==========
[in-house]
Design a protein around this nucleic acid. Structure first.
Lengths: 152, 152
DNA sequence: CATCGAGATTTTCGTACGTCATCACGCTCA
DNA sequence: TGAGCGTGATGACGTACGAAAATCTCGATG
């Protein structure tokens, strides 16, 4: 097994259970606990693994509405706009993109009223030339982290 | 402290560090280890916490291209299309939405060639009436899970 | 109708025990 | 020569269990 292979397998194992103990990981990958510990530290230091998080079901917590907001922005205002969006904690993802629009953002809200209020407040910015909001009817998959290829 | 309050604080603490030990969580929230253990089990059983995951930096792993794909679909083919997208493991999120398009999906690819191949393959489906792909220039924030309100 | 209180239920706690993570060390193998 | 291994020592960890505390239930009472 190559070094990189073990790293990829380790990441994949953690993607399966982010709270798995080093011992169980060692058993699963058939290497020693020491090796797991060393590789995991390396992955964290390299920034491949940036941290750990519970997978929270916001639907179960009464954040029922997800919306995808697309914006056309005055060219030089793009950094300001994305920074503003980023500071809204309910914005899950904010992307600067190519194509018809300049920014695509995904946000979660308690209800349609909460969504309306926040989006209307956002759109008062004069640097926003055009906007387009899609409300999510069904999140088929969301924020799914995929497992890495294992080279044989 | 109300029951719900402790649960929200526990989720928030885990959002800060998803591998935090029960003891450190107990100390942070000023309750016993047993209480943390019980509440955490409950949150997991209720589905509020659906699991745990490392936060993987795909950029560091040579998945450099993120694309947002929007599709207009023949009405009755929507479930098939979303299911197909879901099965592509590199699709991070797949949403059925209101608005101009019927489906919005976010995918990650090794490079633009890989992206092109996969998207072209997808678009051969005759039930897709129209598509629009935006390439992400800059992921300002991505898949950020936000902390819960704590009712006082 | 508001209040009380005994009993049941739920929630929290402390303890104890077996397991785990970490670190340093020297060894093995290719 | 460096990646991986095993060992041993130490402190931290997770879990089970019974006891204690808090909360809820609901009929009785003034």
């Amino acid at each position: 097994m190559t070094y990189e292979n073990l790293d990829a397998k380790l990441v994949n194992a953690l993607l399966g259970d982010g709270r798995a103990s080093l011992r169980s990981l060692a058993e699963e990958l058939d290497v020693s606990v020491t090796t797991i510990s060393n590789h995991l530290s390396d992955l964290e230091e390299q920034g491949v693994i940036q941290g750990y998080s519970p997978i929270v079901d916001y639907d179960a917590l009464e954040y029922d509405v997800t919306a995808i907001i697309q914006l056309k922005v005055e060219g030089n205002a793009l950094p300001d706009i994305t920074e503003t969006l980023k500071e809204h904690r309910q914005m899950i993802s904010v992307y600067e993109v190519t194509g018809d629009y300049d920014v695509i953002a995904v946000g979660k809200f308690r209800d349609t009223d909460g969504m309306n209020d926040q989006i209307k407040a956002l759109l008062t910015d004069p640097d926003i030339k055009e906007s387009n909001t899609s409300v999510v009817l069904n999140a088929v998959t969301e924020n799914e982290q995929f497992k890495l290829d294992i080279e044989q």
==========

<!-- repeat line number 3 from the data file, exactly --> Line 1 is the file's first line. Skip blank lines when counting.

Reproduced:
Lengths: 152, 152